Mistake #4: Not Keeping Documentation
Complete and comprehensive recording of every debt is critical for challenging incorrect information, preserving your rights, and staying within spending restrictions that make sense for you. You should be aware of the penalties for late payments as well as the best circumstances for obtaining a credit boost. Always be ready to demonstrate that payments were paid on schedule, and always be prepared to back up your claims with documentation.
In 2020, the Consumer Finance Protection Bureau received an estimated number of “credit report” complaints.
Mistake #5: Disputing Too Much
Obviously, you should only debate things that you really feel are incorrect. Some credit repair firms contest everything in the hope that one or two items “stick.” The issue is that credit bureaus are unlikely to take such a strategy seriously. Even if they do, you risk erasing favorable information that boosts your credit score. It is also critical to pursue your disagreement to the appropriate institution. In most circumstances, the credit agency, not the creditor, will be responsible.
Mistake #6: Disputing Online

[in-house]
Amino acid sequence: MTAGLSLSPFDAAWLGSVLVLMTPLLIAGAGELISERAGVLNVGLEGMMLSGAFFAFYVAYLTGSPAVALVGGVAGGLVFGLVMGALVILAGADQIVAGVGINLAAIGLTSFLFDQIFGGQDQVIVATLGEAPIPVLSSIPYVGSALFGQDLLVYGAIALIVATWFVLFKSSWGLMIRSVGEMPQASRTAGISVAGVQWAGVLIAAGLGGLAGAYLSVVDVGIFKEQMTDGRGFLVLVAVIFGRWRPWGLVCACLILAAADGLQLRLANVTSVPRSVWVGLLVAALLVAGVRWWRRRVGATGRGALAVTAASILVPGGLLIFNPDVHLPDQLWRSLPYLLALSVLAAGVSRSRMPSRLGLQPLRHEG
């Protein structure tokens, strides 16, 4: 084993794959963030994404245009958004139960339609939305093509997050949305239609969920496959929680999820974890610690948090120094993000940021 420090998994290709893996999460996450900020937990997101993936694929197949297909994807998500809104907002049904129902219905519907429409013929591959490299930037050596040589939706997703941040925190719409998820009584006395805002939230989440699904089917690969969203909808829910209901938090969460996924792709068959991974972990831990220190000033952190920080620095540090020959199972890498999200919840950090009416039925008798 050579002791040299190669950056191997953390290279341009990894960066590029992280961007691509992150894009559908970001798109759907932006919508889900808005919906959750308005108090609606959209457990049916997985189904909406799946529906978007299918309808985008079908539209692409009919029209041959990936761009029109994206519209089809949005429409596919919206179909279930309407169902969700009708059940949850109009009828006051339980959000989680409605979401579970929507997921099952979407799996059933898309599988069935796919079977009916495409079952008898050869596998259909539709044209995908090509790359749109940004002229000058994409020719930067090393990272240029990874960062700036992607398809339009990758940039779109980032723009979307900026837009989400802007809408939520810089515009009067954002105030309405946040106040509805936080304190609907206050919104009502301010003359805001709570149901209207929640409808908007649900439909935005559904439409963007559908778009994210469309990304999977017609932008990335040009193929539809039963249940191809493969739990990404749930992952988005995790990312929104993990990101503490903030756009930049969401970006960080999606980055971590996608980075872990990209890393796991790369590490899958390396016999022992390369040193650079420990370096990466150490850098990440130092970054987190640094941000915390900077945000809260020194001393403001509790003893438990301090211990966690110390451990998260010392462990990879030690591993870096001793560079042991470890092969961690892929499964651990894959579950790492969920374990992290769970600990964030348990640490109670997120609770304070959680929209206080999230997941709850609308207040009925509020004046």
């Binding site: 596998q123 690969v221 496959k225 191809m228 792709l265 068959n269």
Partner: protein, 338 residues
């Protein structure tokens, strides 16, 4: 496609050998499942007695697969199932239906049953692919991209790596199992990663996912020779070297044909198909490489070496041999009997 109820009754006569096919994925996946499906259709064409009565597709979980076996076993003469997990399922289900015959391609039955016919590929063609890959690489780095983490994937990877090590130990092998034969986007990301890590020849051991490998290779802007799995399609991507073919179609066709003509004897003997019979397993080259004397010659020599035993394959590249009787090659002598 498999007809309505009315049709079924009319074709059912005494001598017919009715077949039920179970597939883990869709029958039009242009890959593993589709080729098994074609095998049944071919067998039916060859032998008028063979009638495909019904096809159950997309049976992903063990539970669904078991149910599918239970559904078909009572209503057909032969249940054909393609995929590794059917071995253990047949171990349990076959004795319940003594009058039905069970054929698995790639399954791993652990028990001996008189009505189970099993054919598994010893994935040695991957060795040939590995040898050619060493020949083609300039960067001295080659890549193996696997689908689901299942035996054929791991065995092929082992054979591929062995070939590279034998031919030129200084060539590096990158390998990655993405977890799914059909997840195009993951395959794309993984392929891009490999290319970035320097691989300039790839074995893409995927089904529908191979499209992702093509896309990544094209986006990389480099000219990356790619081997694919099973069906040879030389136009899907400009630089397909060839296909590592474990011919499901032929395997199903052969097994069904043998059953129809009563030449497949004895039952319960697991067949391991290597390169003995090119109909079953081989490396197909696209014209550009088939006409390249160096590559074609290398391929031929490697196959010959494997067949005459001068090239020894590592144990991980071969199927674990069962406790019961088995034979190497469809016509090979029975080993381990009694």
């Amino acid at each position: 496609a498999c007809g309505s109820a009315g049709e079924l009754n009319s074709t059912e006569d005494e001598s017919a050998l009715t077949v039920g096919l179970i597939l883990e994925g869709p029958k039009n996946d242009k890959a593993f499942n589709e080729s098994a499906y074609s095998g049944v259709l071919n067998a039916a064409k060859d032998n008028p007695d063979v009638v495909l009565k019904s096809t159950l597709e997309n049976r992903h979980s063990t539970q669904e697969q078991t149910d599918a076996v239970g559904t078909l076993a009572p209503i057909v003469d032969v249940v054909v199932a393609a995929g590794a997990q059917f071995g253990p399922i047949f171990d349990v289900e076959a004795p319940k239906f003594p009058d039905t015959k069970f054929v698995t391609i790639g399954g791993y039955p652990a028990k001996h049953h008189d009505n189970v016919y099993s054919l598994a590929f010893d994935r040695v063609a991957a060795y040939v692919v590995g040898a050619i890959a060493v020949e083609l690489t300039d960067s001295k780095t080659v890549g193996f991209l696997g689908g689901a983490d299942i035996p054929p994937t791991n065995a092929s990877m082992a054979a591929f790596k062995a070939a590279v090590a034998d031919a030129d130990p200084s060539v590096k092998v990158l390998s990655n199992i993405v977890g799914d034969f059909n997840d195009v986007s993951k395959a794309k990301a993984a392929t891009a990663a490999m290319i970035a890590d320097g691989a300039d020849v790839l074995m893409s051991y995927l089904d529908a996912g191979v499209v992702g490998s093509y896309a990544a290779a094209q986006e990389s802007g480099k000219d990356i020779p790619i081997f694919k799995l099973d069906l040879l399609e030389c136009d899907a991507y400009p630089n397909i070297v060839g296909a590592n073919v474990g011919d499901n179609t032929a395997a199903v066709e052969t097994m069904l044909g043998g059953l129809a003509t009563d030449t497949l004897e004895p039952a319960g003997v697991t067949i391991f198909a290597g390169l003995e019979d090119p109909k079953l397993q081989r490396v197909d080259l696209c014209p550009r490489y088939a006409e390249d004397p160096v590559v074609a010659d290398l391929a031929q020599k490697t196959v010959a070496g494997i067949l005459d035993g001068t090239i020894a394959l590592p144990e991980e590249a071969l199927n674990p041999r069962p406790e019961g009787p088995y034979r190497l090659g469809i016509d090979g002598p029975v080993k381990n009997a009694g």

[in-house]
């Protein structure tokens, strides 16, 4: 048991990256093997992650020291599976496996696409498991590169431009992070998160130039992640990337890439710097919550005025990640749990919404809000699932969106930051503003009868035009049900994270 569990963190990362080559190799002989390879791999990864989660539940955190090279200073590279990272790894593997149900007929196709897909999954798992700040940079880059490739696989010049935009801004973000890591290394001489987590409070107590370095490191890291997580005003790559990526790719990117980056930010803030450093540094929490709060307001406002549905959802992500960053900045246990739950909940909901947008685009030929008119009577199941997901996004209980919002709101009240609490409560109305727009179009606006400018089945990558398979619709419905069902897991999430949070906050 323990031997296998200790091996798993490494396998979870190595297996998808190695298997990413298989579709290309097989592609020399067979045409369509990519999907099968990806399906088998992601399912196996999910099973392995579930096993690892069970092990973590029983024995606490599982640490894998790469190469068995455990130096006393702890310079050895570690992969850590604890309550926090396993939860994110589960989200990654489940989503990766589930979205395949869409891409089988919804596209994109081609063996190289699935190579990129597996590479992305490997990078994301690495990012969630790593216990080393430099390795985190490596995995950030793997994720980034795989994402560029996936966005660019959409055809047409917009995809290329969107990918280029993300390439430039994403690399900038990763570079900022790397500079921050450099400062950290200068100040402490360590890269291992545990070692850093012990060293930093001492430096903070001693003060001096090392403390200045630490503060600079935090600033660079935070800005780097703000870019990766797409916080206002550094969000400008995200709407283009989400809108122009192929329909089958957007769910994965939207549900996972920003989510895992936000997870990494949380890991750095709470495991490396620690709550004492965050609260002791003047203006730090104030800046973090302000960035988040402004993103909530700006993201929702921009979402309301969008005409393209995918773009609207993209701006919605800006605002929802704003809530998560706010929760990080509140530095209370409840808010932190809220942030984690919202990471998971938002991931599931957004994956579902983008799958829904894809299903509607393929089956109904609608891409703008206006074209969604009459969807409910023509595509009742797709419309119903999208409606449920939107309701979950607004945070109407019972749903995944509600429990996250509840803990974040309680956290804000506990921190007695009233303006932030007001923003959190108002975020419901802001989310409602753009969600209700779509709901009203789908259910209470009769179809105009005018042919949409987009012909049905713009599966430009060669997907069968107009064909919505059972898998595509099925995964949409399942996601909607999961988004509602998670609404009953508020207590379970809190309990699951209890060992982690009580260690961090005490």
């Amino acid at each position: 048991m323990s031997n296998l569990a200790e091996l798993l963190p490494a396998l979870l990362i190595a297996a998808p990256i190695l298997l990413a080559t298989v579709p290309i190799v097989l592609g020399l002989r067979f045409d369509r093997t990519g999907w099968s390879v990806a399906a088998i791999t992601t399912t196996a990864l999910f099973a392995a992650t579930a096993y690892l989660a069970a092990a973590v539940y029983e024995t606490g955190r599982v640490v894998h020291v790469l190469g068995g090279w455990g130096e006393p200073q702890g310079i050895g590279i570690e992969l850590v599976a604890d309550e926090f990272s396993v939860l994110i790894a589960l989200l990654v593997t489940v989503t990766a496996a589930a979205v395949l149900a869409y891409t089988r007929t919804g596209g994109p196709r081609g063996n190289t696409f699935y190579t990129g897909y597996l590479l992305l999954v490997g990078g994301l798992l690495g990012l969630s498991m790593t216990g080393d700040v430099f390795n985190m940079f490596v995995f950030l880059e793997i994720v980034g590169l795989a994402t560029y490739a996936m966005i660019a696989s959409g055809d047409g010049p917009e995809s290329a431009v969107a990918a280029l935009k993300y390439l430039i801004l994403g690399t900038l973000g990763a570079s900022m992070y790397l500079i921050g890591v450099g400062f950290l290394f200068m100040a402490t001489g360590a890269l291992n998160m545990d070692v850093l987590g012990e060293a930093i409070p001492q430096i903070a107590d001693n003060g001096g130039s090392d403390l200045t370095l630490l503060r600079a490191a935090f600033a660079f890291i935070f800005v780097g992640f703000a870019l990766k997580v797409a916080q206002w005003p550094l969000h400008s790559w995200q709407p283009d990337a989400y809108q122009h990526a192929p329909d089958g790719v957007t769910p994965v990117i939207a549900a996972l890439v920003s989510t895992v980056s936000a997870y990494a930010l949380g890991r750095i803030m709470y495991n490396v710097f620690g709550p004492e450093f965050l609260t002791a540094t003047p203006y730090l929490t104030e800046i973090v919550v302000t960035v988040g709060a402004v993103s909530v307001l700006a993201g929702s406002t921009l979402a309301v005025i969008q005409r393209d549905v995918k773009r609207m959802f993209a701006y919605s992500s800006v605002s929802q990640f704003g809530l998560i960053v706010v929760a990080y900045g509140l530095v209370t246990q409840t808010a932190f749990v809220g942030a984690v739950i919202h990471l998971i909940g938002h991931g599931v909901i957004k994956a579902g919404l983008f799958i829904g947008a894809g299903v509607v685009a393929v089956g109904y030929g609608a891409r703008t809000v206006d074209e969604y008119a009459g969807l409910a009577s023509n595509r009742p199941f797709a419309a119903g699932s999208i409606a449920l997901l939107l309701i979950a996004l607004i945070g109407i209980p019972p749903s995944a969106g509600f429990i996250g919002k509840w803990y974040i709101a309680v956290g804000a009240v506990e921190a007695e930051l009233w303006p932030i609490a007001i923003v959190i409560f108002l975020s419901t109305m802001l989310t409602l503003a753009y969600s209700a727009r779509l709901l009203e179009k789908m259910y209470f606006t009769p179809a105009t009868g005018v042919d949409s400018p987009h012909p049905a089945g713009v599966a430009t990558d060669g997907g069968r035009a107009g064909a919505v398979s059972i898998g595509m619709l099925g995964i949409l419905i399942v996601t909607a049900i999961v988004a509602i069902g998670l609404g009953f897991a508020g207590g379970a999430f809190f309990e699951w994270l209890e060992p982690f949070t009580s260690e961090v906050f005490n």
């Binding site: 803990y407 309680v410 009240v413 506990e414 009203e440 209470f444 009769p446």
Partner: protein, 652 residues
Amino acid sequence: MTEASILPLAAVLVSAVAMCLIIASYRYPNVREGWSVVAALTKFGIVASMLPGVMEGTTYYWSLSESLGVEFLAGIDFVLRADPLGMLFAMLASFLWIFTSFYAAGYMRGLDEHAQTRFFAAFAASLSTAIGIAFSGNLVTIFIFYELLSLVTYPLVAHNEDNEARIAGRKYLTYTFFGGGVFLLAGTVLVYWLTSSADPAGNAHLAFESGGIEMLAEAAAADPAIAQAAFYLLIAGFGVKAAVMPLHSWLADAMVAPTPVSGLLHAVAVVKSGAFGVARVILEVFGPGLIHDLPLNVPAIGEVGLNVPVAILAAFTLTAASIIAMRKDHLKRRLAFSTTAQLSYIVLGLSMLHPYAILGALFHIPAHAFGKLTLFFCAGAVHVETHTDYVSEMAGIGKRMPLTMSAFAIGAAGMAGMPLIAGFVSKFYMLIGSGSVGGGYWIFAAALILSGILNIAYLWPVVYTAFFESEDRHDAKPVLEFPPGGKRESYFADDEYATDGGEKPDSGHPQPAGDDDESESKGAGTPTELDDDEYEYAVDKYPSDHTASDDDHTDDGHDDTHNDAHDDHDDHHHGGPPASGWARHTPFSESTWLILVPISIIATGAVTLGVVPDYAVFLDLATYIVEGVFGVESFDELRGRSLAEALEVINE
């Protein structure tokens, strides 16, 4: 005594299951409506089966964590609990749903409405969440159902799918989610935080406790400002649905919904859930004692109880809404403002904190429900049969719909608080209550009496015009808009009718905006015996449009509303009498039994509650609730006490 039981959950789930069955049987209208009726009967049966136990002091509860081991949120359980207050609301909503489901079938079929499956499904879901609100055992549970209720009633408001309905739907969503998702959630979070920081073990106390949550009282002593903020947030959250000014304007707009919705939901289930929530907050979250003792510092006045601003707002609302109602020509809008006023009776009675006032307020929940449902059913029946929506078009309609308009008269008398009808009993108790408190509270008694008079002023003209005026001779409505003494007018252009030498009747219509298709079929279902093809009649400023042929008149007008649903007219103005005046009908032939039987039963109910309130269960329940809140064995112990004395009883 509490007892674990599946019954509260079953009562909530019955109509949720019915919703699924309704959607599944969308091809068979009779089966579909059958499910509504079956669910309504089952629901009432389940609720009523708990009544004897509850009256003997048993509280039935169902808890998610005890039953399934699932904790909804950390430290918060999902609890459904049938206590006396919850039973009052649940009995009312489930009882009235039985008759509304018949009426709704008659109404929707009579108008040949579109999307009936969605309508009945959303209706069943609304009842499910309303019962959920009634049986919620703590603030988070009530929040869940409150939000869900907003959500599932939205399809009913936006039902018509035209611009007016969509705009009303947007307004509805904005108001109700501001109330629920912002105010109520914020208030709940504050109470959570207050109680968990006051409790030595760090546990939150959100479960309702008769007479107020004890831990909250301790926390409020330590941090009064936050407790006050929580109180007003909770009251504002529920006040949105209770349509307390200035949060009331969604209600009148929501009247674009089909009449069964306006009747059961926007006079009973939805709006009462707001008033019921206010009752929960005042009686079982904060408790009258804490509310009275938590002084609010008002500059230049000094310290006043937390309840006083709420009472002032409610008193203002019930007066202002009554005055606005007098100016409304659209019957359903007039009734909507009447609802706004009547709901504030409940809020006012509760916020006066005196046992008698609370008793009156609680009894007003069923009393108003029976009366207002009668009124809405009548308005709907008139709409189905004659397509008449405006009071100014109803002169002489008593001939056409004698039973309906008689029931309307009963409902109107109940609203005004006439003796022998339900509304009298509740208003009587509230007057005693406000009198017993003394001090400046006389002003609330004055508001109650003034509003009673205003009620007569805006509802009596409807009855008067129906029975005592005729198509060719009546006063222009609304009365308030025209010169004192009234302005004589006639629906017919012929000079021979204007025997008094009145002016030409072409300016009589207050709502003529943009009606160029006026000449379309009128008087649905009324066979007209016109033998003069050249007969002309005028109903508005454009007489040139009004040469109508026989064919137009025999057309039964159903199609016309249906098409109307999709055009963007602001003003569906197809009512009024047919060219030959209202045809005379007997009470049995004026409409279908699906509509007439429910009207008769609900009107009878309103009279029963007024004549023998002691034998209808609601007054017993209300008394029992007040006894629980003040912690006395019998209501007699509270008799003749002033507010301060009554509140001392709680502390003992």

Although all three credit bureaus have online dispute mechanisms, some opponents argue that utilizing them may deprive you of some of your FCRA rights. Credit agencies may avoid doing things like passing your information to creditors, responding to your disputes in writing, and presenting you with the “method of verification” of the item you disputed thanks to online technologies. According to critics, you should register your challenge using paper “hard copies” and certified snail mail.
Mistake #7: Disputing with Boilerplate Language
Along with not contesting “everything,” it’s also a good idea to personalize the wording in your dispute file to prevent the credit bureau “red flagging” your papers for being repeated. Use the template as a guide instead, and make sure the words are your own.